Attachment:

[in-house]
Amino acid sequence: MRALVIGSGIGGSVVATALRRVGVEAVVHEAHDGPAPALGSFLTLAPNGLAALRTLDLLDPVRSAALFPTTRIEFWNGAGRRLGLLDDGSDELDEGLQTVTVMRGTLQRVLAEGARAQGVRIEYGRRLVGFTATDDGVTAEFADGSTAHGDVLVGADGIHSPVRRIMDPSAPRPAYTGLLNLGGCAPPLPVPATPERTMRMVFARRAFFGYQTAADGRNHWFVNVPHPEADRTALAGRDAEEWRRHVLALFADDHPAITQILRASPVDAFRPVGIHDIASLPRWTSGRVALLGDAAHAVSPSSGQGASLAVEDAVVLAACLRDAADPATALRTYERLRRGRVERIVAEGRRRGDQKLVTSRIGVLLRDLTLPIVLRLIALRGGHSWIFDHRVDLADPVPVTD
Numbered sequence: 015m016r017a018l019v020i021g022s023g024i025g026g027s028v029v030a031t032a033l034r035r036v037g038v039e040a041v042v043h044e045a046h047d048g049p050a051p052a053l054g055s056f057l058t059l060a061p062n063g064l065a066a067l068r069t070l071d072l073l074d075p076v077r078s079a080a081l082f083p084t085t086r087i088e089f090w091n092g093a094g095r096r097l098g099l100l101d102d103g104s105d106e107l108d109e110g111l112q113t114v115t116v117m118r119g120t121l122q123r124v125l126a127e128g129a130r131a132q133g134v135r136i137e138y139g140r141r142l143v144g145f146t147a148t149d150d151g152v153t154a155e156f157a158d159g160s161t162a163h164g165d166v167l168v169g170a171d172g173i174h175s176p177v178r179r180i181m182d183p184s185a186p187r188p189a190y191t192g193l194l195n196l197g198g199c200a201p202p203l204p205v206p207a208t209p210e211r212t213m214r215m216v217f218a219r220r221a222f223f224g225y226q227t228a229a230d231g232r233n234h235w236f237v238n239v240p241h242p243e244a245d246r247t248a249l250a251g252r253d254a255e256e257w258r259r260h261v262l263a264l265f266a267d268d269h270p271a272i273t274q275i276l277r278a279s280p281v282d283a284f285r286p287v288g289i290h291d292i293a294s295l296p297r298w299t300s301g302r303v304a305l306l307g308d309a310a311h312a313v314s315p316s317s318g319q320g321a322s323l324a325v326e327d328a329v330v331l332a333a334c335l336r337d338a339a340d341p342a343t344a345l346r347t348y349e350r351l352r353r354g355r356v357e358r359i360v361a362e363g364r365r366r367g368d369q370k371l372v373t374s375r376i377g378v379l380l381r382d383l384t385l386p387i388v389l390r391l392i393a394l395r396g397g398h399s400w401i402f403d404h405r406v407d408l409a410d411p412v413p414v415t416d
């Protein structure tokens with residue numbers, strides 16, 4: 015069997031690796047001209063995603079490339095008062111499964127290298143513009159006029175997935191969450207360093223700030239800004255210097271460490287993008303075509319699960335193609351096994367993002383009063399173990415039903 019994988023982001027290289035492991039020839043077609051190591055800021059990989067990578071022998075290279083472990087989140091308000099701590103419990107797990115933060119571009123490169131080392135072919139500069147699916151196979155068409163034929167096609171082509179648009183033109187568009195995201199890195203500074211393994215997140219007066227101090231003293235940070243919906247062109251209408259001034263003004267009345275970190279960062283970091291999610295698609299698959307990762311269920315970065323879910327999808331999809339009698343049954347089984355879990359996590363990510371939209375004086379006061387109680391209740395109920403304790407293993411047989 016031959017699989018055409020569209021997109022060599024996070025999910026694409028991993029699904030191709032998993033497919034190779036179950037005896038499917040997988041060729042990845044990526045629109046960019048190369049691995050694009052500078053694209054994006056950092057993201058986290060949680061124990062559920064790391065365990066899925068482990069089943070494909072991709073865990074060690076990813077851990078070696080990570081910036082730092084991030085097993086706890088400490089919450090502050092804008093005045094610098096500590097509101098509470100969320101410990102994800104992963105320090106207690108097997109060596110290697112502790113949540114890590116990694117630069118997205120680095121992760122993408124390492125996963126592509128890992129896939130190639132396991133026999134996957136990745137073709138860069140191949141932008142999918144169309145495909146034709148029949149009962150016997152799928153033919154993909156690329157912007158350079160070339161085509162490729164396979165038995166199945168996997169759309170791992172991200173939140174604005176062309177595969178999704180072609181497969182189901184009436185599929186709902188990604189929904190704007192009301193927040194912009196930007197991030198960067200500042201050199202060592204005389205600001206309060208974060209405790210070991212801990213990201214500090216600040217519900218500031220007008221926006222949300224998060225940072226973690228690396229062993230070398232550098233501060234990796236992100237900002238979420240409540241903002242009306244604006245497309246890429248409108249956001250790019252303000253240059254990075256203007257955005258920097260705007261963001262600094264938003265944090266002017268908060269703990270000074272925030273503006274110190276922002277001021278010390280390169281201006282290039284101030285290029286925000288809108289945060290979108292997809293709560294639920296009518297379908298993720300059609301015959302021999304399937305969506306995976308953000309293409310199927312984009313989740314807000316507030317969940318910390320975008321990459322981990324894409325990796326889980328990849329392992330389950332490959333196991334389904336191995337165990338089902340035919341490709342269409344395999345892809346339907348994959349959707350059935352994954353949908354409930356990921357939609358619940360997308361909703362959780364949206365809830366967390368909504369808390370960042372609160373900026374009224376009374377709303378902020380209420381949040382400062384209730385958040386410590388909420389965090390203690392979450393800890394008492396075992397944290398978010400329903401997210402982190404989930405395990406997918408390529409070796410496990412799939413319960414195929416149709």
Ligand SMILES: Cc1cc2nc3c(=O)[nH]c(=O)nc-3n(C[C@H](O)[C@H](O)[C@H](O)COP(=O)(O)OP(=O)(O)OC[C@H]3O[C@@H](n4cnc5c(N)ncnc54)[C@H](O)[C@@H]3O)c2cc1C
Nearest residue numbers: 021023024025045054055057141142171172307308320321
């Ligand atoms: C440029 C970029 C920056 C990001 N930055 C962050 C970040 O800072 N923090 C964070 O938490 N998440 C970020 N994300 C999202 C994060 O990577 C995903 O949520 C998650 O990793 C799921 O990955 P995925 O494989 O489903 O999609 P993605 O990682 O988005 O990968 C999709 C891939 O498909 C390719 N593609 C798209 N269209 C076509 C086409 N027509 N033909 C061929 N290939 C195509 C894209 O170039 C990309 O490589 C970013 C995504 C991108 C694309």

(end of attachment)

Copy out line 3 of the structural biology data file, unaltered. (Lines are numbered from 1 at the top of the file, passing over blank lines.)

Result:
Numbered sequence: 015m016r017a018l019v020i021g022s023g024i025g026g027s028v029v030a031t032a033l034r035r036v037g038v039e040a041v042v043h044e045a046h047d048g049p050a051p052a053l054g055s056f057l058t059l060a061p062n063g064l065a066a067l068r069t070l071d072l073l074d075p076v077r078s079a080a081l082f083p084t085t086r087i088e089f090w091n092g093a094g095r096r097l098g099l100l101d102d103g104s105d106e107l108d109e110g111l112q113t114v115t116v117m118r119g120t121l122q123r124v125l126a127e128g129a130r131a132q133g134v135r136i137e138y139g140r141r142l143v144g145f146t147a148t149d150d151g152v153t154a155e156f157a158d159g160s161t162a163h164g165d166v167l168v169g170a171d172g173i174h175s176p177v178r179r180i181m182d183p184s185a186p187r188p189a190y191t192g193l194l195n196l197g198g199c200a201p202p203l204p205v206p207a208t209p210e211r212t213m214r215m216v217f218a219r220r221a222f223f224g225y226q227t228a229a230d231g232r233n234h235w236f237v238n239v240p241h242p243e244a245d246r247t248a249l250a251g252r253d254a255e256e257w258r259r260h261v262l263a264l265f266a267d268d269h270p271a272i273t274q275i276l277r278a279s280p281v282d283a284f285r286p287v288g289i290h291d292i293a294s295l296p297r298w299t300s301g302r303v304a305l306l307g308d309a310a311h312a313v314s315p316s317s318g319q320g321a322s323l324a325v326e327d328a329v330v331l332a333a334c335l336r337d338a339a340d341p342a343t344a345l346r347t348y349e350r351l352r353r354g355r356v357e358r359i360v361a362e363g364r365r366r367g368d369q370k371l372v373t374s375r376i377g378v379l380l381r382d383l384t385l386p387i388v389l390r391l392i393a394l395r396g397g398h399s400w401i402f403d404h405r406v407d408l409a410d411p412v413p414v415t416d